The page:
ISSN 2330-717X

The Robot Smiled Back


While our facial expressions play a huge role in building trust, most robots still sport the blank and static visage of a professional poker player. With the increasing use of robots in locations where robots and humans need to work closely together, from nursing homes to warehouses and factories, the need for a more responsive, facially realistic robot is growing more urgent.

Long interested in the interactions between robots and humans, researchers in the Creative Machines Lab at Columbia Engineering have been working for five years to create EVA, a new autonomous robot with a soft and expressive face that responds to match the expressions of nearby humans. The research will be presented at the ICRA conference on May 30, 2021, and the robot blueprints are open-sourced on Hardware-X.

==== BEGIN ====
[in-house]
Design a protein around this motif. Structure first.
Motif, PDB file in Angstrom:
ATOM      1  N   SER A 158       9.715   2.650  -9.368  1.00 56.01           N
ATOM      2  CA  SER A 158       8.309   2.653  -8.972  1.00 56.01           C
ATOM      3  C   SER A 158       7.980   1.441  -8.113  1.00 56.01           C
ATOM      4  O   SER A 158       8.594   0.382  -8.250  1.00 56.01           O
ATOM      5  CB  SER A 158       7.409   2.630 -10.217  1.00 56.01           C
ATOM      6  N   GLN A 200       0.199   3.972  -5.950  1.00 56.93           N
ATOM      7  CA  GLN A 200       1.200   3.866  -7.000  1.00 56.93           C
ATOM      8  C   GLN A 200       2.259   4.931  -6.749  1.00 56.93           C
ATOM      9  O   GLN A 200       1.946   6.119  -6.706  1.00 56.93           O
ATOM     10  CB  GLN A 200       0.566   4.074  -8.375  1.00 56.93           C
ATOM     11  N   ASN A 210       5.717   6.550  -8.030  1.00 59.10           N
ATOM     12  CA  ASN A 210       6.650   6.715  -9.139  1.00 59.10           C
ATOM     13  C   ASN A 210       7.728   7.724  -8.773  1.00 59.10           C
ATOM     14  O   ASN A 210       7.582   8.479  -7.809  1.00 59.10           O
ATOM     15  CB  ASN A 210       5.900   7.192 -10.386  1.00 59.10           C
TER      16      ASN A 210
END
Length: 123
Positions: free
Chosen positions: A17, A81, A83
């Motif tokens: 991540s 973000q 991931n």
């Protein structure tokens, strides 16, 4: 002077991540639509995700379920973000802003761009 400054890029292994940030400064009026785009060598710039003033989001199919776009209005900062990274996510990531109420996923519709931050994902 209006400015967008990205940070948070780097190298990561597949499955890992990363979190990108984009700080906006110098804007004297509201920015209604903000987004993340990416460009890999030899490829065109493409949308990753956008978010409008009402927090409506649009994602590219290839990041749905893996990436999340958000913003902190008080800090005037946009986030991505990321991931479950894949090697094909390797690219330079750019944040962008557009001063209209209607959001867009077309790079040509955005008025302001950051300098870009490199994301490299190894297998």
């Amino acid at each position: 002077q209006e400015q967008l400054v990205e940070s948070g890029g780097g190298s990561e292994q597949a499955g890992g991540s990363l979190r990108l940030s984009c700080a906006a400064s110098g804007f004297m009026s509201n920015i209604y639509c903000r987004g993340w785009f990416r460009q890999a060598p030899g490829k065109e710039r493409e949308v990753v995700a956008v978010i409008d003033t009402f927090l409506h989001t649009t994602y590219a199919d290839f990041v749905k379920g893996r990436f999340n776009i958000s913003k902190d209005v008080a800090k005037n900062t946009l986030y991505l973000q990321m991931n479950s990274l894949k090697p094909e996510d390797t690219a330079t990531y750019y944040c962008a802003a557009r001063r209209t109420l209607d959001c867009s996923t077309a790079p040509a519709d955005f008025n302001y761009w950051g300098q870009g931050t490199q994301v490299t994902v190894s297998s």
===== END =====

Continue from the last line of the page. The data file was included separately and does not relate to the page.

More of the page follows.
“The idea for EVA took shape a few years ago, when my students and I began to notice that the robots in our lab were staring back at us through plastic, googly eyes,” said Hod Lipson, James and Sally Scapa Professor of Innovation (Mechanical Engineering) and director of the Creative Machines Lab.

Lipson observed a similar trend in the grocery store, where he encountered restocking robots wearing name badges, and in one case, decked out in a cozy, hand-knit cap. “People seemed to be humanizing their robotic colleagues by giving them eyes, an identity, or a name,” he said. “This made us wonder, if eyes and clothing work, why not make a robot that has a super-expressive and responsive human face?”